The address comes a day after the president-elect introduced several key foreign policy and national security officials in Wilmington and stepped up activities following the Trump’s administration’s determination that the transition could formally begin.
On Tuesday, Biden aides held at least 20 meetings with Trump officials and were in active discussions with every federal agency, as well as the White House.
Meanwhile, Biden will begin receiving the President’s Daily Brief, a compilation of the most sensitive information affecting the nation. Secure facilities that Biden’s team has set up in Washington and in Wilmington can now be used to review classified material.
Biden has introduced the bulk of his national security Cabinet, but he did not include the Defense Department in his rollout this week amid questions about whether he has settled on longtime defense expert Michèle Flournoy as his Pentagon chief.
Flournoy’s name has been considered at the top of Biden’s list to run the nation’s largest security agency, with frequent mention that she would be the first female secretary of defense.
Her prominence served to highlight the absence of a Pentagon nominee during an event in Delaware on Tuesday that included Biden’s picks for secretary of state, intelligence director, chief of homeland security and United Nations ambassador, as well as White House national security adviser.
After years seemingly at the center of every major political fight in Washington, the Justice Department is about to get new leadership, and Biden’s choice for attorney general will have to balance competing demands within his party on thorny issues of civil rights, the environment and the department’s traditional independence from politicians.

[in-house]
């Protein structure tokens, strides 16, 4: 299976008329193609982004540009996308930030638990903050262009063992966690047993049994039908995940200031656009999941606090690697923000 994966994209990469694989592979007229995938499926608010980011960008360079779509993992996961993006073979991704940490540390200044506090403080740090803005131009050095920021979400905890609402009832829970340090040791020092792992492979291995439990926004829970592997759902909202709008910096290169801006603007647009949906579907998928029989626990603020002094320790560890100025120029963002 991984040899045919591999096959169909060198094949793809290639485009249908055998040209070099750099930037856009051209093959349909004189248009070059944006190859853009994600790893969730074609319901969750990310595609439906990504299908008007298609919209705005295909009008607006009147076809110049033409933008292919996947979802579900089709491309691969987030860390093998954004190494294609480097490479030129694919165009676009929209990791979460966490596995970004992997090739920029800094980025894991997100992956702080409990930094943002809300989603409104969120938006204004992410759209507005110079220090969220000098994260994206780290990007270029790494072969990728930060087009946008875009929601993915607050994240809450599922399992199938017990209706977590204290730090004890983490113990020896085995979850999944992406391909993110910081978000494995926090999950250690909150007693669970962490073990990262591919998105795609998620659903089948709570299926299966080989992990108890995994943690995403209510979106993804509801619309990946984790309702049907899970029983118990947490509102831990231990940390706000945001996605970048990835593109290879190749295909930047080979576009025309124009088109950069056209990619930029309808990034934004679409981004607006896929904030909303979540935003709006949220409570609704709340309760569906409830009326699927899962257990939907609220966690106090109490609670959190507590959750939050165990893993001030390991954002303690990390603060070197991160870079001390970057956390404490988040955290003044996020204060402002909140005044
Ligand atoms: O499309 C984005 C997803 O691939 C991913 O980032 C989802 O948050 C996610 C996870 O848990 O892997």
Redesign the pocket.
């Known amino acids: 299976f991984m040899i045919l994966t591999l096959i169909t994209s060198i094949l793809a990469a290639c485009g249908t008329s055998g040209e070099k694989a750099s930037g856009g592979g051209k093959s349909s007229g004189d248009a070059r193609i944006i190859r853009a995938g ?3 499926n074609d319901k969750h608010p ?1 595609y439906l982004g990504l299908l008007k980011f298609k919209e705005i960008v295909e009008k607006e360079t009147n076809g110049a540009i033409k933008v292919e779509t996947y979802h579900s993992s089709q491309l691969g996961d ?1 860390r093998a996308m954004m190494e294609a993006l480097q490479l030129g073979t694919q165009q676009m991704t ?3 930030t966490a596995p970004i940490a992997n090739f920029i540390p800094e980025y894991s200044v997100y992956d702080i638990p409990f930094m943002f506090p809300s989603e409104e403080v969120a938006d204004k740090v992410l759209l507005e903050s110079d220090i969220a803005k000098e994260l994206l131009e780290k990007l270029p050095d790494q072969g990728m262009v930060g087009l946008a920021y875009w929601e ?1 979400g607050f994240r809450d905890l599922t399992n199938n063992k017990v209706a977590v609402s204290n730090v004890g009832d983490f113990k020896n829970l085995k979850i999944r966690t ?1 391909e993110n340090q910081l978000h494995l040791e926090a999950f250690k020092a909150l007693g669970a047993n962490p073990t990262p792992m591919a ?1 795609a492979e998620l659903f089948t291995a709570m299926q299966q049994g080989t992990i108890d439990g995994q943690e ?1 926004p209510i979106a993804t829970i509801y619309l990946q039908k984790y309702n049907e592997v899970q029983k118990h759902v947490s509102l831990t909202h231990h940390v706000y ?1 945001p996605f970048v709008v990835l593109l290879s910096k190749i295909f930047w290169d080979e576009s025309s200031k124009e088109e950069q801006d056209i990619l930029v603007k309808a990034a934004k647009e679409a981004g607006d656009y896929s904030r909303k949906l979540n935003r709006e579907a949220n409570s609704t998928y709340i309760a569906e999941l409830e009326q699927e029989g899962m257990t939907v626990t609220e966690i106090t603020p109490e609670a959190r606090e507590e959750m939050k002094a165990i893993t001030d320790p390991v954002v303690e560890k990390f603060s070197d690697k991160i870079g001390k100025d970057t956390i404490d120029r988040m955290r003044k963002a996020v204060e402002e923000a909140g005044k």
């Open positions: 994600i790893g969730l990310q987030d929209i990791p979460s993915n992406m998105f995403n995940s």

Most senior Democrats and former Justice Department officials agree a top contender for the position is Sally Q. Yates, the former deputy attorney general whose tenure stretched from 2015 to the early, tumultuous days of the Trump administration. Other names under consideration include Sen. Doug Jones (D-Ala.), former homeland security secretary Jeh Johnson, former Massachusetts governor Deval Patrick, California Attorney General Xavier Becerra and former White House adviser Lisa Monaco.
MARIETTA, Ga. — There were dozens of Jon Ossoff signs at the rally outside the Cobb County Civic Center, but the touring campaign bus, the bulk of the applause and the final words belonged to the Rev. Raphael Warnock, who used them to boost two Democratic Senate campaigns.
“Georgia is positioned to do a marvelous thing,” Warnock told the crowd. “Send a young Jewish man, the son of immigrants, who sat at the feet of Congressman John Lewis, and a kid who grew up in the public housing projects of Savannah, Georgia, the pastor of Martin Luther King Jr.’s Ebenezer Baptist Church, to the United States Senate at the same time.”
Two weeks into the extraordinary runoff races that will decide which party controls the U.S. Senate, Warnock and Ossoff have combined their efforts to try to win Georgia’s pair of Senate seats. Their names are stacked together on yard signs; they’ve called each other “brother” at joint campaign appearances. But it is Warnock who is animating the Democratic base — and the Republican opposition.
“ ‘In Wisconsin, somebody has to be indefinitely confined in order to vote absentee. In the past there were 20,000 people. This past election there were 120,000…and Republicans were locked out of the vote counting process.’ @VicToensing @newsmax”
— President Trump, in a tweet, Nov. 24
Every part of this is false, proving once again why none of Trump’s claims about election fraud should be given any credence.
When Biden is sworn in on Jan. 20, he will face a fundamental challenge unlike any incoming president before him: tens of millions of Americans who doubt his legitimacy and question the stability of the country’s democratic traditions — in part because of his predecessor’s unprecedented attempt to set both ablaze before leaving office.
For the past three weeks, as Trump has refused to concede the election, the federal government, the Trump campaign legal team and whole swaths of the Republican Party have worked in tandem to interfere with the peaceful transition of power.